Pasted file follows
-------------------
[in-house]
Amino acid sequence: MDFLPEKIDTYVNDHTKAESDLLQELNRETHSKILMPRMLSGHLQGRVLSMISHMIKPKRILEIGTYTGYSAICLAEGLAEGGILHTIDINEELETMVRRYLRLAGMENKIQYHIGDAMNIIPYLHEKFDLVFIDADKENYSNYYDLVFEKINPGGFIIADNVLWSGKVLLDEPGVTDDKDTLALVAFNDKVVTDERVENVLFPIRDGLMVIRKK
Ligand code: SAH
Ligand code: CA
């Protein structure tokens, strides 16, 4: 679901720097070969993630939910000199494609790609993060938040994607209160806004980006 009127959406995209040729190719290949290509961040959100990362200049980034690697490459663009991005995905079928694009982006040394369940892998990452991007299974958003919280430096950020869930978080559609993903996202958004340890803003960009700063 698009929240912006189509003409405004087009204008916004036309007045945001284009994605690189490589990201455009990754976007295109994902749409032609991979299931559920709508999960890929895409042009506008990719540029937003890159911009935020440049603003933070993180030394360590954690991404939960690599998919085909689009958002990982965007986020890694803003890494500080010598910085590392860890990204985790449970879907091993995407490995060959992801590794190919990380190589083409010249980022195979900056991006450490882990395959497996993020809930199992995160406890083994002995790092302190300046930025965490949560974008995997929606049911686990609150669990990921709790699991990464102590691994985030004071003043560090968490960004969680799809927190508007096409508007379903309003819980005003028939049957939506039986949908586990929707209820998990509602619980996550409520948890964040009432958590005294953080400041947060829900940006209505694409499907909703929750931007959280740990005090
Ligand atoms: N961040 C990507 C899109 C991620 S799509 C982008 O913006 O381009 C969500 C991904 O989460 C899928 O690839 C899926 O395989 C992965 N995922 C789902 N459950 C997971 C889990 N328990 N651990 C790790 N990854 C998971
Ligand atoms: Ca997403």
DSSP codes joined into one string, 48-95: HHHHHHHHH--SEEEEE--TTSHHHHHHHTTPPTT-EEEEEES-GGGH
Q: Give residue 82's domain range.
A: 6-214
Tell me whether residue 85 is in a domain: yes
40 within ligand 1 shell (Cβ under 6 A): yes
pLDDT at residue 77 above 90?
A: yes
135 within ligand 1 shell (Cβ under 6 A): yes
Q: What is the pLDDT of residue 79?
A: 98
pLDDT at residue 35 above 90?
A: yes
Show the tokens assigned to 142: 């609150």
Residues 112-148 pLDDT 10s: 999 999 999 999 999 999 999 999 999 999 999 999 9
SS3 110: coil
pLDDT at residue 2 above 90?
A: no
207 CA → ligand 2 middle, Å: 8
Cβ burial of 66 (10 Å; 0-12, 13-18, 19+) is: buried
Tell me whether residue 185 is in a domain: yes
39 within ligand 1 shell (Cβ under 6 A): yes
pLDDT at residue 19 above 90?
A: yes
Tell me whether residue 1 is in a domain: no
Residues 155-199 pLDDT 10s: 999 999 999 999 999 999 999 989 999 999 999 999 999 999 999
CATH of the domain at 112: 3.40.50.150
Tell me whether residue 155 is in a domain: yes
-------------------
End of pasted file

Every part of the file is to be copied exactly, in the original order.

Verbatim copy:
[in-house]
Amino acid sequence: MDFLPEKIDTYVNDHTKAESDLLQELNRETHSKILMPRMLSGHLQGRVLSMISHMIKPKRILEIGTYTGYSAICLAEGLAEGGILHTIDINEELETMVRRYLRLAGMENKIQYHIGDAMNIIPYLHEKFDLVFIDADKENYSNYYDLVFEKINPGGFIIADNVLWSGKVLLDEPGVTDDKDTLALVAFNDKVVTDERVENVLFPIRDGLMVIRKK
Ligand code: SAH
Ligand code: CA
């Protein structure tokens, strides 16, 4: 679901720097070969993630939910000199494609790609993060938040994607209160806004980006 009127959406995209040729190719290949290509961040959100990362200049980034690697490459663009991005995905079928694009982006040394369940892998990452991007299974958003919280430096950020869930978080559609993903996202958004340890803003960009700063 698009929240912006189509003409405004087009204008916004036309007045945001284009994605690189490589990201455009990754976007295109994902749409032609991979299931559920709508999960890929895409042009506008990719540029937003890159911009935020440049603003933070993180030394360590954690991404939960690599998919085909689009958002990982965007986020890694803003890494500080010598910085590392860890990204985790449970879907091993995407490995060959992801590794190919990380190589083409010249980022195979900056991006450490882990395959497996993020809930199992995160406890083994002995790092302190300046930025965490949560974008995997929606049911686990609150669990990921709790699991990464102590691994985030004071003043560090968490960004969680799809927190508007096409508007379903309003819980005003028939049957939506039986949908586990929707209820998990509602619980996550409520948890964040009432958590005294953080400041947060829900940006209505694409499907909703929750931007959280740990005090
Ligand atoms: N961040 C990507 C899109 C991620 S799509 C982008 O913006 O381009 C969500 C991904 O989460 C899928 O690839 C899926 O395989 C992965 N995922 C789902 N459950 C997971 C889990 N328990 N651990 C790790 N990854 C998971
Ligand atoms: Ca997403």
DSSP codes joined into one string, 48-95: HHHHHHHHH--SEEEEE--TTSHHHHHHHTTPPTT-EEEEEES-GGGH
Q: Give residue 82's domain range.
A: 6-214
Tell me whether residue 85 is in a domain: yes
40 within ligand 1 shell (Cβ under 6 A): yes
pLDDT at residue 77 above 90?
A: yes
135 within ligand 1 shell (Cβ under 6 A): yes
Q: What is the pLDDT of residue 79?
A: 98
pLDDT at residue 35 above 90?
A: yes
Show the tokens assigned to 142: 């609150």
Residues 112-148 pLDDT 10s: 999 999 999 999 999 999 999 999 999 999 999 999 9
SS3 110: coil
pLDDT at residue 2 above 90?
A: no
207 CA → ligand 2 middle, Å: 8
Cβ burial of 66 (10 Å; 0-12, 13-18, 19+) is: buried
Tell me whether residue 185 is in a domain: yes
39 within ligand 1 shell (Cβ under 6 A): yes
pLDDT at residue 19 above 90?
A: yes
Tell me whether residue 1 is in a domain: no
Residues 155-199 pLDDT 10s: 999 999 999 999 999 999 999 989 999 999 999 999 999 999 999
CATH of the domain at 112: 3.40.50.150
Tell me whether residue 155 is in a domain: yes